Buying a horse for my daughter! Thoughts? - Page 7 - The Horse Forum
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post #61 of 90 Old 09-17-2015, 08:10 AM Thread Starter
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I did think long and hard about this 19 year old. There were hints, in my conversation with the seller, that it has arthritis. I am not comfortable asking a horse to jump when it hurts them. While I am well aware that many horses live to a ripe old age - some even still show into their 20s - my fear is that we would be buying a horse with health issues. Who knows what the vet bills would look like. It seems like too much risk, financially and emotionally.

I hear what you're all saying about an older horse being stable and safe for a child to learn on, but given that this is her first (and my first in 20 years!), it would be hard for us to judge when it is time to retire and how much more we can push it. I think that requires some good knowledge of horses and health issues they may have and we really wouldn't have a point of comparison. If she didn't want to jump, I would say you're right, but I feel we need a horse with a clean bill of health to start off with. Not that it won't have issues - I get that, but to put the odds in our favour.

Now, a horse in the mid-teens would be perfect. I am looking at a couple of potential candidates now...

Last edited by Acadianartist; 09-17-2015 at 08:15 AM.
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post #62 of 90 Old 09-21-2015, 09:13 AM Thread Starter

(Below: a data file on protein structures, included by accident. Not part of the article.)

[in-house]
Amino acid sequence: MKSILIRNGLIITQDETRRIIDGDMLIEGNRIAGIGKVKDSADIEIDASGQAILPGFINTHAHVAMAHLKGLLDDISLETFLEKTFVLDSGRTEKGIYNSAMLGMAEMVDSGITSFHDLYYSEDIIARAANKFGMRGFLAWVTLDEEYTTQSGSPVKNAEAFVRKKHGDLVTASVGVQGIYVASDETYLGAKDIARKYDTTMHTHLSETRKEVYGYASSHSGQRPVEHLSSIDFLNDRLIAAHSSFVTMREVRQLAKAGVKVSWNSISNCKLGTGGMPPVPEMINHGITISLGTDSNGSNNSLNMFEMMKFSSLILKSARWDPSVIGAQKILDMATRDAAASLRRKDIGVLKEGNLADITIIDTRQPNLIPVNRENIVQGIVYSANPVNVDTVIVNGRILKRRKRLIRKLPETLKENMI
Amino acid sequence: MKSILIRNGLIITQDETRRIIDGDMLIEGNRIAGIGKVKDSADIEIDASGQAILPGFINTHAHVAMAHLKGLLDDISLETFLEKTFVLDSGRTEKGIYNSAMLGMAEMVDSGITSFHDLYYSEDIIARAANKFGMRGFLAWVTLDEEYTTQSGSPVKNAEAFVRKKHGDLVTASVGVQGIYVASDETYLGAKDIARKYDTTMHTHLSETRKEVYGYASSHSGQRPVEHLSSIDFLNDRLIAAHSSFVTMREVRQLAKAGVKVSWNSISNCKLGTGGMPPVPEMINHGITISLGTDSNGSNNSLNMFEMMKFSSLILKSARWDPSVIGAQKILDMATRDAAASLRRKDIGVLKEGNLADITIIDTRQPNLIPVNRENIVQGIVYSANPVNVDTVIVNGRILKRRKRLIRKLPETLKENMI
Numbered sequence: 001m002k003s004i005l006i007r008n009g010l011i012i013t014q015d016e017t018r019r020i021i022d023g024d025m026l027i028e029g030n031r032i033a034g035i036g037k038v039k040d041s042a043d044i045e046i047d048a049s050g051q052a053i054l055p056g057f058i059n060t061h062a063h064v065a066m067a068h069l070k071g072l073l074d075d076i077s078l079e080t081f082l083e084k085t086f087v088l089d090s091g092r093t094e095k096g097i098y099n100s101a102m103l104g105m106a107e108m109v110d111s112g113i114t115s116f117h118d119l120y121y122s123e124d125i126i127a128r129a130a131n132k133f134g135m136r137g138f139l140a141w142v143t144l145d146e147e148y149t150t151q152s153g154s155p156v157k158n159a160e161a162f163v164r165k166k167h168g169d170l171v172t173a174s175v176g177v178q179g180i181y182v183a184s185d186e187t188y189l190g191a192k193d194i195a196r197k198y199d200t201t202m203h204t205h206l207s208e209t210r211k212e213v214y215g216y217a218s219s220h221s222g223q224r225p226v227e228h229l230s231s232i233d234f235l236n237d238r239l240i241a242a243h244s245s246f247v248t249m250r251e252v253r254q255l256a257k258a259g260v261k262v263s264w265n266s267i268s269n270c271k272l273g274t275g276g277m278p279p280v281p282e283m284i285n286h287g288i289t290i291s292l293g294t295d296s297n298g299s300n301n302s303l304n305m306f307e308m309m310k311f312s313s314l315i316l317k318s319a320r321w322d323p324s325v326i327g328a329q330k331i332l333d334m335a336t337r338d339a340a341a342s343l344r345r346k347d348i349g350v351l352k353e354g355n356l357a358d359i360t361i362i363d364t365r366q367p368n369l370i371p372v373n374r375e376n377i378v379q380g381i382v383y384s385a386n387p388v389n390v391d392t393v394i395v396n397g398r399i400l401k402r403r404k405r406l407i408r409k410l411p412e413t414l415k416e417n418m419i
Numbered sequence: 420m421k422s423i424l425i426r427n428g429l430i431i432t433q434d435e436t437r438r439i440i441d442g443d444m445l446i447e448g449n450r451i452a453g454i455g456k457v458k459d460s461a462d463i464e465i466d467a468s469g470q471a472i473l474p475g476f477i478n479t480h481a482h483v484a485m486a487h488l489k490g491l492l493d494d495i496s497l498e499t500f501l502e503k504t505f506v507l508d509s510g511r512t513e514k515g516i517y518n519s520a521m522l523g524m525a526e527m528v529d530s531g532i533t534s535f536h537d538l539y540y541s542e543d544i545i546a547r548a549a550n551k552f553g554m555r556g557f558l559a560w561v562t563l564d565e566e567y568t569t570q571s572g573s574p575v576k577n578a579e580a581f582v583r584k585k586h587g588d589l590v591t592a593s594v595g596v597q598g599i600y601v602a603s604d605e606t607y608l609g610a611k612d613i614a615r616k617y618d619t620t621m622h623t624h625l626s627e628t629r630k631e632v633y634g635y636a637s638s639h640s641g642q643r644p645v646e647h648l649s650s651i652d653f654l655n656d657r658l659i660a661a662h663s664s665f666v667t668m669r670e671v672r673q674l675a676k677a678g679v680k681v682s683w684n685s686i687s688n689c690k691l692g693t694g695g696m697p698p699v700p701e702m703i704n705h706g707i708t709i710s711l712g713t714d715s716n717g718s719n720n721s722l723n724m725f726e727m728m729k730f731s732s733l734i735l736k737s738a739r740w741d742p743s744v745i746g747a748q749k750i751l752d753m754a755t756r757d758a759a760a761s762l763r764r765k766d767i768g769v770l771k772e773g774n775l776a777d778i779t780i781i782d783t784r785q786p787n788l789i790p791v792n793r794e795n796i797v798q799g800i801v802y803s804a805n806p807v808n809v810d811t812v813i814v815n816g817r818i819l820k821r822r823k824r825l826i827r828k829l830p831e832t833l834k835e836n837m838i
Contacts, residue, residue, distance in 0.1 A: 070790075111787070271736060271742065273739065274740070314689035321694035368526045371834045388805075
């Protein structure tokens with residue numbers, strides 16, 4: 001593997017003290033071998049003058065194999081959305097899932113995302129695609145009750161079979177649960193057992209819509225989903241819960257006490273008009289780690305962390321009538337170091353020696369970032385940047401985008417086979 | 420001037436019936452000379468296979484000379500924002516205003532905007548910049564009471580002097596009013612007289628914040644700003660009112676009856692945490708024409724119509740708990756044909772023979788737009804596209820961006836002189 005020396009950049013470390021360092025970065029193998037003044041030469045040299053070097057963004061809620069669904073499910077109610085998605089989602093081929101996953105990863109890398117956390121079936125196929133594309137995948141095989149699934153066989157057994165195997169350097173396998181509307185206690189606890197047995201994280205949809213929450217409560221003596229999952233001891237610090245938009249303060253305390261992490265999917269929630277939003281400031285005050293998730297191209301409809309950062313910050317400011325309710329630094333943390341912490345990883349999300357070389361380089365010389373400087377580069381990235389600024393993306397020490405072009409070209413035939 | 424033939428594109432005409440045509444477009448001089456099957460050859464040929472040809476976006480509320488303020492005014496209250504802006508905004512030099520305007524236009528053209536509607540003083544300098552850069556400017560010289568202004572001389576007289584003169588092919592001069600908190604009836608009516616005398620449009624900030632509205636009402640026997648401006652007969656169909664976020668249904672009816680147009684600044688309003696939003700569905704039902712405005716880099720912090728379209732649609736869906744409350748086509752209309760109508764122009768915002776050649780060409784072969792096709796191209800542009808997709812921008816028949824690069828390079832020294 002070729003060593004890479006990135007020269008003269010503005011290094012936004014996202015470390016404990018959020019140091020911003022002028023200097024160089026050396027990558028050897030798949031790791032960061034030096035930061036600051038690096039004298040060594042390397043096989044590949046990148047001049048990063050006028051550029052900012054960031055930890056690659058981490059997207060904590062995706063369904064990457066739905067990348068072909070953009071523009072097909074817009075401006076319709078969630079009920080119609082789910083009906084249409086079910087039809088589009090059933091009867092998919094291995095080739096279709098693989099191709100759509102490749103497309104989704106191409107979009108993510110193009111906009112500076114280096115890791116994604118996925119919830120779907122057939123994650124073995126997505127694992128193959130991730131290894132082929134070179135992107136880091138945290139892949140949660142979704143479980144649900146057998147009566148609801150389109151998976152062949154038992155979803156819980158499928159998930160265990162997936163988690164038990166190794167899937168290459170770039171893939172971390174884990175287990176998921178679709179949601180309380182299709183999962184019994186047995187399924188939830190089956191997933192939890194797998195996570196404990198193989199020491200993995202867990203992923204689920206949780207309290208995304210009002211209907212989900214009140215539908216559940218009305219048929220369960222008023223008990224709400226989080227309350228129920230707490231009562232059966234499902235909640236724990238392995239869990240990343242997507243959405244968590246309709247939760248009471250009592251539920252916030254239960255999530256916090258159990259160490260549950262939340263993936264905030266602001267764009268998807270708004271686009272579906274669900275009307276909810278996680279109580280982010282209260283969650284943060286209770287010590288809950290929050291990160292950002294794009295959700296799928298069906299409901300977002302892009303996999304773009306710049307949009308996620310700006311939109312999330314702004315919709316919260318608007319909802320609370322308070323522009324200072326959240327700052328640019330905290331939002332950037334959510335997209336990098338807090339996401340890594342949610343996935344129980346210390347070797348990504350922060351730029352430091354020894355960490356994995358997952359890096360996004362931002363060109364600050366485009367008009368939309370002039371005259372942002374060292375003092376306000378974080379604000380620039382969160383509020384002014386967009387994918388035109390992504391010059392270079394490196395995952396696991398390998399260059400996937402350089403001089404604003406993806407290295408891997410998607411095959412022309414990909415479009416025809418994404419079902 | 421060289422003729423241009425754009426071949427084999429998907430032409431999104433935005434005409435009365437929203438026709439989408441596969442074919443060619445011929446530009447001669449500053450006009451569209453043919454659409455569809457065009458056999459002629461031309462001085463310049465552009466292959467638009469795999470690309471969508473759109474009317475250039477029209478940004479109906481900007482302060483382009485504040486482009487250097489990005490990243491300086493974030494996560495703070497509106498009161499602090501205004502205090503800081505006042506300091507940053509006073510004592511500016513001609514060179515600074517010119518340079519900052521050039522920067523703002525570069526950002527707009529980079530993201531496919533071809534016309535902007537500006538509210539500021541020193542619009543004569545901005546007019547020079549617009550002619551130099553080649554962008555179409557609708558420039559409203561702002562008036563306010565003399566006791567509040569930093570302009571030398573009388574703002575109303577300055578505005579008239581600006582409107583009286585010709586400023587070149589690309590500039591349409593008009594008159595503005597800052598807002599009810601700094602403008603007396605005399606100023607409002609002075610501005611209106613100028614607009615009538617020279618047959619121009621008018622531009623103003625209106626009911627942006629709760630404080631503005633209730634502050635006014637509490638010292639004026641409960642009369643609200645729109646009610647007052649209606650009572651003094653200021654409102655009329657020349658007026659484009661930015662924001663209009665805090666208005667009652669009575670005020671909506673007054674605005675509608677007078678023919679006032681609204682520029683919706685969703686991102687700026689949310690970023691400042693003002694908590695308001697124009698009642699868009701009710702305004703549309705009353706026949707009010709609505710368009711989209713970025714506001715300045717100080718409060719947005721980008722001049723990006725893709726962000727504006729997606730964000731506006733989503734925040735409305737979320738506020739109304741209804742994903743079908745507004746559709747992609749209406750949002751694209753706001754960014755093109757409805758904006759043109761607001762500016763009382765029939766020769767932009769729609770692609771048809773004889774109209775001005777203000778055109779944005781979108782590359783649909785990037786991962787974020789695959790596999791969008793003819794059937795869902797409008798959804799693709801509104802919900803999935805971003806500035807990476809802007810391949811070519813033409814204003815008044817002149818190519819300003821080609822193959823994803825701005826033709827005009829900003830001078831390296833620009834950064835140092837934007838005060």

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Quick update: I think we've found a horse for my daughter! He is a very sweet, gray 14.3 arabian gelding who absolutely loves to jump. We are going through all the checks (vet, etc.) but we are very hopeful that he is the right one. The coach thought he had a beautiful movement and that he can teach my daughter a lot since he is very well trained at levels 1 and 2 dressage and jumps 3 ft. He knows his job! The fact that he is on the smaller side gives her confidence that she can handle him and in a few years, if she wants a bigger horse (he is 14), he can retire to light trail riding as my horse! I'm only 5 ft and 120 lbs so he can carry me easily.

After all the checks, we bring him home in early October and the sellers are willing to buy him back within two weeks if we are not happy with him (we are putting together a purchase agreement). The BO and coach think I'm being over-cautious, but it gives me peace of mind to know that they're willing to guarantee him.

As soon as things are finalized, I will post pictures! He is gorgeous.
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post #63 of 90 Old 09-21-2015, 09:17 AM
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Great news! He sounds just what you need. Looking forward to seeing pictures when all the prelims are done.
Did your daughter get on well with him?

The fact the sellers are willing to buy him back speaks a lot for the horse too. And if he's as good as you think, they must be confident that you won't want to return him.
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post #64 of 90 Old 09-21-2015, 11:57 AM
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Not to be a downer, but we bought a horse with a contract that had the previous owner agree to take back the horse within a month if we didn't end up liking him. Let's just say he never returned the calls or answered the phone, oh and he's a principle of a middle school (way to set and example) and now we're stuck with a dead lame arthritic horse that can't even trailer because he can't support himself. Just be careful, a contract only means so much.
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post #65 of 90 Old 09-21-2015, 01:00 PM
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Originally Posted by Acadianartist View Post